A Platform game in F# and SpriteKit – Part 5 – Animation and Sound

Last time we added some scrolling to out game, but our main character looks rather static. Let’s let him move like Jagger (well maybe  Cliff Richard)

Animation!

SpriteKit is clever. It’s possible to give SpriteKit a bunch of textures and it will process them into a single large texture and allow you to look up into it to get the original image out by name. This is called an Atlas.

This is going to come in handy for animation as we can preload all our frames and then cycle through them. To achieve this, firstly we need to add a folder to Resources. The name of the folder is important here – if it ends in ‘.atlas’ then the files inside will be processed into a single SKTextureAtlas.

So in the project I’ve got Player.atlas filled with 11 frames of running animation:

Files

So now it builds lets look at loading the atlas:

let playerAtlas = SKTextureAtlas.FromName "Player"
let playerAnimationTextures = playerAtlas.TextureNames.[1..playerAtlas.TextureNames.Length-1]
    |>Array.sort
    |>Array.map playerAtlas.TextureNamed

Couple of interesting points
1: When you load the atlas it’s the name of the folder minus the .atlas.

2: Note the Array slicing on line 2 – the texture at position 0 is the complete texture  so we skip that using slicing – nice!

3: We sort the textures in the atlas by name – as the files are the same prefix, but numbered we get the right order – the array of TextureNames is unordered, so without the sort the animation would look – strange…

Once we’ve loaded in we’ll make our player SpriteNode use the atlas and animate it like this:

let animation = SKAction.AnimateWithTextures(playerAnimationTextures, 0.05) 
                |> SKAction.RepeatActionForever
player.RunAction animation

Again – a little gotcha – the 2nd parameter of AnimateWithTextures is not the total run time of the animation (as it is with the other SKActions we have come across so far) – it’s the time for EACH FRAME. So we run our animation at 20fps.

IMPORTANT NOTE:

I did the above and IT DIDNT WORK (first time). In the interest of sharing knowledge and saving you good readers time I found the command line util, documented it, ran it, found how to add the results to the project so it all worked. This took me around 3 hours.

After doing all that, I discovered that what I really need to do was to REBUILD the solution, and a little message popped up in the build messages saying “Generating Texture Atlases” – and it worked like magic.

So when in doubt – REBUILD!

Now our little fella looks a bit lively. But it sure is quiet in here:

Music

Now for adding music I’m going to step away from SpriteKit for now and use AVFoundation. SpriteKit does provide some support for sound effects, but for MP3s we have to look to other Apple APIs. Luckily due to Apple’s iPod heritage handling MP3 is fairly straightforward.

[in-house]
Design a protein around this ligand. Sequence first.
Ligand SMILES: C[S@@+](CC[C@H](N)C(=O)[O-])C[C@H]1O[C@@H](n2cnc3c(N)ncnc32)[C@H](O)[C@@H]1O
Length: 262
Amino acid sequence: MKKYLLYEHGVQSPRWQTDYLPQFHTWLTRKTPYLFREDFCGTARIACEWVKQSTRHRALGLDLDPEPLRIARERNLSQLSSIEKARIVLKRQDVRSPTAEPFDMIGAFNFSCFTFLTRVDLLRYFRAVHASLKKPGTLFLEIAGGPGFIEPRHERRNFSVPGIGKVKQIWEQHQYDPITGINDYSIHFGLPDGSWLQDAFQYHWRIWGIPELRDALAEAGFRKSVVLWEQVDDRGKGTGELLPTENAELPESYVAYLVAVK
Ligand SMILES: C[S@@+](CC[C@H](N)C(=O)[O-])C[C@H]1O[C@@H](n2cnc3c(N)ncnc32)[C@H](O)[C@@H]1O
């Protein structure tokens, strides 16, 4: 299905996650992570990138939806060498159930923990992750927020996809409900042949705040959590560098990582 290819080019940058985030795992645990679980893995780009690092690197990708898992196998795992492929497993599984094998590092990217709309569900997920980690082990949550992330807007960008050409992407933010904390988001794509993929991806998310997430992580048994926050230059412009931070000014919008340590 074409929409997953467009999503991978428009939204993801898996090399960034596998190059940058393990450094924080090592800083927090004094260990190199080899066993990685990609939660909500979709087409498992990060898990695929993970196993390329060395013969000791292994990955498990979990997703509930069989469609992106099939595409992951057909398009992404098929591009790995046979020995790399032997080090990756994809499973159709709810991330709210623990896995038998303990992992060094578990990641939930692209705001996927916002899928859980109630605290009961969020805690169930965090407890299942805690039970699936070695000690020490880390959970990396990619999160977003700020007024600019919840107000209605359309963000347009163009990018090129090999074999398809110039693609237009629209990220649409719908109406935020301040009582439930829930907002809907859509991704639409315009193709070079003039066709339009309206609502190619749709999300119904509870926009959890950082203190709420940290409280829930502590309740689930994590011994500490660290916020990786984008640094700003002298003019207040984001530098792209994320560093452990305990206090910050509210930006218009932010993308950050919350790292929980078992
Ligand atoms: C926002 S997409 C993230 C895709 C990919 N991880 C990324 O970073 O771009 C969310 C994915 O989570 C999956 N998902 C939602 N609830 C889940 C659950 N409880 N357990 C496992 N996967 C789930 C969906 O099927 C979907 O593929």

In an ideal world the code to load and play an MP3 would look something like this:

let mutable error : NSError = null
use audioplayer = new AVAudioPlayer(NSUrl.FromFilename song, "mp3", &error)
audioplayer.NumberOfLoops <- -1 //Loop forever
ignore <| audioplayer.Play()

But unfortunately when you run this code you get a fraction of a second of music then it stops. This seems to come up quite often on StackOverflow. The solutions there usually refer to workarounds for ARC in objective-C. Once again F# is going to make our lives easier than those native boys.

let playSong song = 
     let mutable error : NSError = null
     let audioplayer = new AVAudioPlayer(NSUrl.FromFilename song, "mp3", &error)
     ignore <| audioplayer.Retain() //Without this line the audio immediately stops
     audioplayer.NumberOfLoops <- -1 //Loop forever
     ignore <| audioplayer.Play()
     { new IDisposable with
           member __.Dispose() = 
               audioplayer.Stop()
               audioplayer.Release() 
               audioplayer.Dispose()}

The key parts here:
1: The Retain call ensures that the AVAudioPlayer is not automatically released.
2: We return an IDisposable which is an object expression to handle resource de-allocation.

So to consume this new method we simply:

use song = playSong "Level1.mp3"

Now when we finish up in the level async workflow, dispose is called and cleans up automatically.

Finishing off

Today we’ve got our dude looking a bit more lively and made his world a little a little nicer with some funky music (all once again thanks to open.commonly.cc). I personally struggled to get what should have been easy working, but hopefully my pain is your gain.

As always – complete source is here and the code from today is here.

Next time I’ll continue giving you aural pleasure by adding some sound effects.

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About thedo666

Software developer trying to learn a new language - English!
This entry was posted in F#, iOS and tagged , , , . Bookmark the permalink.

One Response to A Platform game in F# and SpriteKit – Part 5 – Animation and Sound

  1. Pingback: F# Weekly #42, 2013 | Sergey Tihon's Blog

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